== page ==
De Bats of Agoura Hills said she applies for an average of 50 jobs a week only to see the few openings filled by lower-paid, entry-level job seekers.

"I've cut everything to the bare minimal needed," she said. "It's been really tough."

Her predicament is typical of a large group of stubbornly unemployed despite gradual improvements in both the California and national economies, experts said.

California's unemployment rate in October dropped to 10.1% from 11.5% in October 2011. Still, the state had the third-highest unemployment level in the nation after Nevada and Rhode Island. The national rate was 7.9% in October.

The unemployment insurance program was "only designed for temporary sustenance while looking for a new job. It was never a substitute for welfare," said Employment Development Department spokeswoman Loree Levy.

"What we have is a crisis of long-term unemployment," said Maurice Emsellem, policy co-director on the West Coast for the National Employment Law Project, which advocates for the jobless and working poor. "We've never had this many people unemployed for this long."

Whether the federal unemployment payments get another extension remains uncertain. Unemployment benefits got little attention during the presidential campaign. But the president did address the issue publicly at a town hall meeting in Cincinnati last summer when he responded to a question from the daughter of an out-of-work construction worker.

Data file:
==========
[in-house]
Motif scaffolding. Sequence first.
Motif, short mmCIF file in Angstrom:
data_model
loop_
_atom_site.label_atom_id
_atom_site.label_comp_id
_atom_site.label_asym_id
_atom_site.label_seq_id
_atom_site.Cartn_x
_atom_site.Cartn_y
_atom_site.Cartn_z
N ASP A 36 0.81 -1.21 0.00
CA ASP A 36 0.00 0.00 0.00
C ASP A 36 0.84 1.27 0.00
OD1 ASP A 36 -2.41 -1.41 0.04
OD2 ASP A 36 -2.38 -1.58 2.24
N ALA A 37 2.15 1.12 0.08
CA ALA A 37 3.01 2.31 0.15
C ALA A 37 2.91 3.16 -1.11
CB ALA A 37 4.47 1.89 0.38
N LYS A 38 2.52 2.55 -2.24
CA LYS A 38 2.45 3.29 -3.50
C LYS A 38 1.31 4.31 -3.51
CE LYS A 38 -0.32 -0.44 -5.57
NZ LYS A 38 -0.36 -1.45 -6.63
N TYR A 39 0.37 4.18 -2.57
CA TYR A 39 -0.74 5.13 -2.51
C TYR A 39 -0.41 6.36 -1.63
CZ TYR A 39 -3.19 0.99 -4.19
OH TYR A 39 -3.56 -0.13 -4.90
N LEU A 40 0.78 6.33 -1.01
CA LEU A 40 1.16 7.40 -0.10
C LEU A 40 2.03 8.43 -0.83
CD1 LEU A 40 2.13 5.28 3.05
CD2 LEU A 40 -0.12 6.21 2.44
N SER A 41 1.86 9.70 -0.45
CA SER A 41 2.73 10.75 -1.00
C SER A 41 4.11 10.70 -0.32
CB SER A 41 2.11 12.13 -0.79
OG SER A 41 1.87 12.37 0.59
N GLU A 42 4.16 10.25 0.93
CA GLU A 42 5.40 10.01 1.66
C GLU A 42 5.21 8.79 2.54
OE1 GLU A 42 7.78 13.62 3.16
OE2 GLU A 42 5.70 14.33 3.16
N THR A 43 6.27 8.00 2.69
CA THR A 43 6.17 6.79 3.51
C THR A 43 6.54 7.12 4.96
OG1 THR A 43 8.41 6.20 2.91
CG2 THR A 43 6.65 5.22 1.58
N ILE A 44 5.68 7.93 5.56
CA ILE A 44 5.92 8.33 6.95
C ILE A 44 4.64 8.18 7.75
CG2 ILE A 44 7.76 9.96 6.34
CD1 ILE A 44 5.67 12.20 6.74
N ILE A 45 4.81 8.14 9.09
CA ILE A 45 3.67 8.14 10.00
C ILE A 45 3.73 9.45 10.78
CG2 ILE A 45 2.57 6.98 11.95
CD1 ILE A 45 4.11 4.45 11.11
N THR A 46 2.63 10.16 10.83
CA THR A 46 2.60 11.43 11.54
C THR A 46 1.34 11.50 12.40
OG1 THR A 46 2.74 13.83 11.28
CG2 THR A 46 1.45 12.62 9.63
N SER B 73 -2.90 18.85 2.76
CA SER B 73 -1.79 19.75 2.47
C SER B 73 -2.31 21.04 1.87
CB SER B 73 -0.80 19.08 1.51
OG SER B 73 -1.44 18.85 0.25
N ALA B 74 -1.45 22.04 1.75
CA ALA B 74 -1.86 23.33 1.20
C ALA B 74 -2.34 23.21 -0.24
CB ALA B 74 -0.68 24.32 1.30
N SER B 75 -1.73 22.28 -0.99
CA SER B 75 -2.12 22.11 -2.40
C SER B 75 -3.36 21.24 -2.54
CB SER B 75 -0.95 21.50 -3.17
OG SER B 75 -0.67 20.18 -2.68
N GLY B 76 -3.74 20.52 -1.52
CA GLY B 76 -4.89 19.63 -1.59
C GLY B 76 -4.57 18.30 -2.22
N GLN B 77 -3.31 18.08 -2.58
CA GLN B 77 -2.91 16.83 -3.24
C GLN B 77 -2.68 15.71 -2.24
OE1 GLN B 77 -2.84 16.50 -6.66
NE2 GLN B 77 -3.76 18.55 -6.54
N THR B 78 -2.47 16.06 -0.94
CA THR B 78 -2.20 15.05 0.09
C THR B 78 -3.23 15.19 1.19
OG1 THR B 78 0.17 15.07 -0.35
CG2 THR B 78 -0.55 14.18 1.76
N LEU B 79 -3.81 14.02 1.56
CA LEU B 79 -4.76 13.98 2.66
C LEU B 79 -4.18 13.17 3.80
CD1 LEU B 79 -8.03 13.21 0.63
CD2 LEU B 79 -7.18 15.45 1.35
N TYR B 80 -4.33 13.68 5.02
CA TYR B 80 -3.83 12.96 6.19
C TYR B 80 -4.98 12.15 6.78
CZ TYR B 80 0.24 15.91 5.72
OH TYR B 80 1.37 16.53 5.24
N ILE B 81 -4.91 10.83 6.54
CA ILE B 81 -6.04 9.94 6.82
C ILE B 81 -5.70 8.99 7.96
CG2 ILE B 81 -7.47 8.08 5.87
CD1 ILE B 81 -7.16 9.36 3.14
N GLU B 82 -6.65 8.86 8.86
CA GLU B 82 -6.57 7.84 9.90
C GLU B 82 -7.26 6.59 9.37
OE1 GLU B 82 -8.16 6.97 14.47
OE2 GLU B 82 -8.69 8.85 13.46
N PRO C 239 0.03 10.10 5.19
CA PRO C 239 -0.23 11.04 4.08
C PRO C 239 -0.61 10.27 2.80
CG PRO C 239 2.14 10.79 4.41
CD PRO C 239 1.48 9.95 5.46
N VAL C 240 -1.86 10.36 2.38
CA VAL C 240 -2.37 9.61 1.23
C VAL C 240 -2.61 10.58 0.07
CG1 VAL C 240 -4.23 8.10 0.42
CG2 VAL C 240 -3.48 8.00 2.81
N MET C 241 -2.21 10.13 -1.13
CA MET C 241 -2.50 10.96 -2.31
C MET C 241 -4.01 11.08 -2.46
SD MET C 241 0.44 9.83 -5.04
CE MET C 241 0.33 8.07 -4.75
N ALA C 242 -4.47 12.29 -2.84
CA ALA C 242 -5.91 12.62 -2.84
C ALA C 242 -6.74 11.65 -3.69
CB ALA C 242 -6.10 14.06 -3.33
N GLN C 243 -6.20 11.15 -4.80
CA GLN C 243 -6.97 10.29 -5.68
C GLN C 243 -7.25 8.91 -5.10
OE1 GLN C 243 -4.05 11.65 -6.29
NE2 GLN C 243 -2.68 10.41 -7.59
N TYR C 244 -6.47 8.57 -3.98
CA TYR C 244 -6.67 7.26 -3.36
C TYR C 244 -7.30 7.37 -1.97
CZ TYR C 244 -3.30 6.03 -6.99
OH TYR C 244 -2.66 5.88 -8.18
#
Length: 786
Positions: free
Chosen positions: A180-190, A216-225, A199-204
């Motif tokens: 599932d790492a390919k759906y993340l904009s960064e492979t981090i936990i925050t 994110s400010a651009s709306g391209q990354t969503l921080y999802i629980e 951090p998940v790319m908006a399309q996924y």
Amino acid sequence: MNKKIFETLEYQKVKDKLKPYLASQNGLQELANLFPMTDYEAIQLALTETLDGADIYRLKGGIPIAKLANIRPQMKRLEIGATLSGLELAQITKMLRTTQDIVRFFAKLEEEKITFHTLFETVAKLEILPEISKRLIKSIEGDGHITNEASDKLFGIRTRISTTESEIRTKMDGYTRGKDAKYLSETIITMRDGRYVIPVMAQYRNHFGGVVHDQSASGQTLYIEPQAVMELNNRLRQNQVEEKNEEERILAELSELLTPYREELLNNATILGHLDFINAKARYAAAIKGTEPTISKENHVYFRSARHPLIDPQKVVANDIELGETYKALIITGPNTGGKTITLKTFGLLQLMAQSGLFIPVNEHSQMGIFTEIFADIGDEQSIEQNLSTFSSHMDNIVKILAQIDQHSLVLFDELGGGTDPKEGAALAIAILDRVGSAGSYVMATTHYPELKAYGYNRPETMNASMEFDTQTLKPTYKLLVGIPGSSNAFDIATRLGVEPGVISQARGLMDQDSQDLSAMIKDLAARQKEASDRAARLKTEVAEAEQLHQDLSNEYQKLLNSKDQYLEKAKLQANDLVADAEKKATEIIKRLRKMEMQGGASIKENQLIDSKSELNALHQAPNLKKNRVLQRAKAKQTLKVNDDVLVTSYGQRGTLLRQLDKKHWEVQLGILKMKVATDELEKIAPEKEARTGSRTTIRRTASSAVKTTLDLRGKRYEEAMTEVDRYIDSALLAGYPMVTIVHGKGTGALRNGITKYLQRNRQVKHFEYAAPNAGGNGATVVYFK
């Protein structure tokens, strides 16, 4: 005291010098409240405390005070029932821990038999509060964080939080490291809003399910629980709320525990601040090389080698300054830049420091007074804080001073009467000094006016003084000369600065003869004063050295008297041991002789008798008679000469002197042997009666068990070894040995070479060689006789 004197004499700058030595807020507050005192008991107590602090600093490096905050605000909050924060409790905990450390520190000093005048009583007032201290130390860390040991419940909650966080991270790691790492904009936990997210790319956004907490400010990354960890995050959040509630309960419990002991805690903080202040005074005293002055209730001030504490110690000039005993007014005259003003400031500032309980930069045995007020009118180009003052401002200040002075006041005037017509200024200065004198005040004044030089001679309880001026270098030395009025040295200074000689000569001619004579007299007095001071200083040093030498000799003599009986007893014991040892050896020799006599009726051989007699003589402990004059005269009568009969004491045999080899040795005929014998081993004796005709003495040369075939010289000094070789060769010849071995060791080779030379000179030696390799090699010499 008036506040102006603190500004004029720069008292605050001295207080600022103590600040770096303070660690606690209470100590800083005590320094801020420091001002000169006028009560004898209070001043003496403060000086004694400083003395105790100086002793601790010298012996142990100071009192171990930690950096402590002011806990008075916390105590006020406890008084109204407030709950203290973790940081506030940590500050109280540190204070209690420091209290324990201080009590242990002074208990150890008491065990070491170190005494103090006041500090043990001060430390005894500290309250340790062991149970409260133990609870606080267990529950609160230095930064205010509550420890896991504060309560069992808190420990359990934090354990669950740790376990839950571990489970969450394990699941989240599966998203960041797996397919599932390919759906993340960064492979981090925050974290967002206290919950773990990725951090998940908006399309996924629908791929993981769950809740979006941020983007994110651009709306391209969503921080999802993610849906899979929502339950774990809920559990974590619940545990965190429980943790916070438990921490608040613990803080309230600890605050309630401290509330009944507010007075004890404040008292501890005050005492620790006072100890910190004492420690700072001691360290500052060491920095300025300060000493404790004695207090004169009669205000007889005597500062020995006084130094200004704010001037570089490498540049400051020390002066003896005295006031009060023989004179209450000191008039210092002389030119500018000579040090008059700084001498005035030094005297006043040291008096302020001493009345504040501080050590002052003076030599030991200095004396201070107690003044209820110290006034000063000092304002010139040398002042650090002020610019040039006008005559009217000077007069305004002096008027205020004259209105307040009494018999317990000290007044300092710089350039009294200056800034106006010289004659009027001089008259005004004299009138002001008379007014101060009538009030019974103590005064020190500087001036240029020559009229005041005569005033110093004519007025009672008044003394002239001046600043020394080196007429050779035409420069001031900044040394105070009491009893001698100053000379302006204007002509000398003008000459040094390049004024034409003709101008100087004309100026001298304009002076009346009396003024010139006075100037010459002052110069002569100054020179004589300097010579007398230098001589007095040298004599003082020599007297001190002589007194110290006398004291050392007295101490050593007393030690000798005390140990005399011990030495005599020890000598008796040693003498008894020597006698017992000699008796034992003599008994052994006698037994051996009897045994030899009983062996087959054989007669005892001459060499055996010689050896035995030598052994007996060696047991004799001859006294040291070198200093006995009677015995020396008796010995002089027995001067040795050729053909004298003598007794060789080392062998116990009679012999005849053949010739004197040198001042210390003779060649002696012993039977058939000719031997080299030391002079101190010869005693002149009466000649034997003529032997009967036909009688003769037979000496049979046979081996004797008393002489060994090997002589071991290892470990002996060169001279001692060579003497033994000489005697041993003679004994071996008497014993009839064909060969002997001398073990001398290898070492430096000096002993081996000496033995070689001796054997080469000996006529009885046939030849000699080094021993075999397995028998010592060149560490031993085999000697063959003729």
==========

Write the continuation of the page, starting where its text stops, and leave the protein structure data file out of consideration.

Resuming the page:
"We'll continue to negotiate with Congress to make sure that unemployment is there," Obama responded. "But the most important thing I want to do is make sure your dad can get a job."

Drew Hammill, a spokesman for House Democratic Leader Nancy Pelosi of San Francisco, said that "Democrats have supported extending unemployment insurance benefits over and over again." But he noted that the federal emergency extensions are just one of about "a dozen things that expire at the end of the year" and that might be addressed as part of a "fiscal cliff" deal.

For its part, the administration of Gov. Jerry Brown is lobbying Washington about "the significant impact the end of benefits will have on unemployed Californians," said Elizabeth Ashford, a spokeswoman for Brown.

Jennie Roberson, 29, said she learned the hard way about the importance of the federal unemployment payments. The Los Feliz graduate of UC Santa Barbara "has been searching for solid work since August 2010" and been "couch surfing" -- living with a friend -- since May because she didn't have enough money for rent.

Roberson just started working part time as a waiter and feeling that her life soon might turn around. The former administrative assistant for a nonprofit golfing organization is eager to find any type of office position.

But until that happens, the extended benefits are "a lifesaver, absolutely," she said, because "if I didn't have that coming in, I wouldn't have had any income."